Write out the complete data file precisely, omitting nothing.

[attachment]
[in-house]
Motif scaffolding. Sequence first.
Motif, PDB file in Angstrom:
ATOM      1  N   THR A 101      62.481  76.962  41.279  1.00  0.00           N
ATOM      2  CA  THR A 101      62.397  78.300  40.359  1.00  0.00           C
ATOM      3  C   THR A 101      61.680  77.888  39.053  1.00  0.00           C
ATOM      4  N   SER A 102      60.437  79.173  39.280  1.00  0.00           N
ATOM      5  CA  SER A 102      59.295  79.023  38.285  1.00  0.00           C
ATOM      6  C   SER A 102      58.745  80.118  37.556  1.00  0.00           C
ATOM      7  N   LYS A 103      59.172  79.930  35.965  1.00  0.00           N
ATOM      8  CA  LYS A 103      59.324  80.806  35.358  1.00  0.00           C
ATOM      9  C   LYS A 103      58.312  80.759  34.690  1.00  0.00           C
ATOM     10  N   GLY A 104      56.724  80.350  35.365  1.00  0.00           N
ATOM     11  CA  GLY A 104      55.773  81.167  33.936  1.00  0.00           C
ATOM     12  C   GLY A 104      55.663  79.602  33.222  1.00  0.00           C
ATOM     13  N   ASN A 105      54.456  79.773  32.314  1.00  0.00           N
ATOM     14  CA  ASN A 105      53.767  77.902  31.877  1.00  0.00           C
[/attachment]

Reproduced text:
[in-house]
Motif scaffolding. Sequence first.
Motif, PDB file in Angstrom:
ATOM      1  N   THR A 101      62.481  76.962  41.279  1.00  0.00           N
ATOM      2  CA  THR A 101      62.397  78.300  40.359  1.00  0.00           C
ATOM      3  C   THR A 101      61.680  77.888  39.053  1.00  0.00           C
ATOM      4  N   SER A 102      60.437  79.173  39.280  1.00  0.00           N
ATOM      5  CA  SER A 102      59.295  79.023  38.285  1.00  0.00           C
ATOM      6  C   SER A 102      58.745  80.118  37.556  1.00  0.00           C
ATOM      7  N   LYS A 103      59.172  79.930  35.965  1.00  0.00           N
ATOM      8  CA  LYS A 103      59.324  80.806  35.358  1.00  0.00           C
ATOM      9  C   LYS A 103      58.312  80.759  34.690  1.00  0.00           C
ATOM     10  N   GLY A 104      56.724  80.350  35.365  1.00  0.00           N
ATOM     11  CA  GLY A 104      55.773  81.167  33.936  1.00  0.00           C
ATOM     12  C   GLY A 104      55.663  79.602  33.222  1.00  0.00           C
ATOM     13  N   ASN A 105      54.456  79.773  32.314  1.00  0.00           N
ATOM     14  CA  ASN A 105      53.767  77.902  31.877  1.00  0.00           C